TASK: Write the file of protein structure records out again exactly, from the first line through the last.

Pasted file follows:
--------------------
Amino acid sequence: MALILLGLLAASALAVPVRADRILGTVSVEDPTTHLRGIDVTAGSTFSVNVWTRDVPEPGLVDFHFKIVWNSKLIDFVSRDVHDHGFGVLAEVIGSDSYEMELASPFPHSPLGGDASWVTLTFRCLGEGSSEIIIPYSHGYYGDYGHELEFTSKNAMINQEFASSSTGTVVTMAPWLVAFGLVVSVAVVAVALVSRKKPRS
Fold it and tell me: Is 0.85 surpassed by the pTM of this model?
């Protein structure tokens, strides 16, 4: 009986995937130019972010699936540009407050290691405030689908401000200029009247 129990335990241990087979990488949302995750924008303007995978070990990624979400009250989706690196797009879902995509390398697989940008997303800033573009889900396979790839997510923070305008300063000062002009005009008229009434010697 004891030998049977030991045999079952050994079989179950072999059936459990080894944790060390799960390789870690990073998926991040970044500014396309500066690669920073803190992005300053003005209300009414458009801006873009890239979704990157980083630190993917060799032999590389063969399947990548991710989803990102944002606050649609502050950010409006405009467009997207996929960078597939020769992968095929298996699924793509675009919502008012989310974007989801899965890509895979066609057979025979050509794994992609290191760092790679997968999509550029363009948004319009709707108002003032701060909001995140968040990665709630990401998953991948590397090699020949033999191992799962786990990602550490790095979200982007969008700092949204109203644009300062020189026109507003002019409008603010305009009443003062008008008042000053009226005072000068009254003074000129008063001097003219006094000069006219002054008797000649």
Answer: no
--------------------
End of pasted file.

Amino acid sequence: MALILLGLLAASALAVPVRADRILGTVSVEDPTTHLRGIDVTAGSTFSVNVWTRDVPEPGLVDFHFKIVWNSKLIDFVSRDVHDHGFGVLAEVIGSDSYEMELASPFPHSPLGGDASWVTLTFRCLGEGSSEIIIPYSHGYYGDYGHELEFTSKNAMINQEFASSSTGTVVTMAPWLVAFGLVVSVAVVAVALVSRKKPRS
Fold it and tell me: Is 0.85 surpassed by the pTM of this model?
């Protein structure tokens, strides 16, 4: 009986995937130019972010699936540009407050290691405030689908401000200029009247 129990335990241990087979990488949302995750924008303007995978070990990624979400009250989706690196797009879902995509390398697989940008997303800033573009889900396979790839997510923070305008300063000062002009005009008229009434010697 004891030998049977030991045999079952050994079989179950072999059936459990080894944790060390799960390789870690990073998926991040970044500014396309500066690669920073803190992005300053003005209300009414458009801006873009890239979704990157980083630190993917060799032999590389063969399947990548991710989803990102944002606050649609502050950010409006405009467009997207996929960078597939020769992968095929298996699924793509675009919502008012989310974007989801899965890509895979066609057979025979050509794994992609290191760092790679997968999509550029363009948004319009709707108002003032701060909001995140968040990665709630990401998953991948590397090699020949033999191992799962786990990602550490790095979200982007969008700092949204109203644009300062020189026109507003002019409008603010305009009443003062008008008042000053009226005072000068009254003074000129008063001097003219006094000069006219002054008797000649």
Answer: no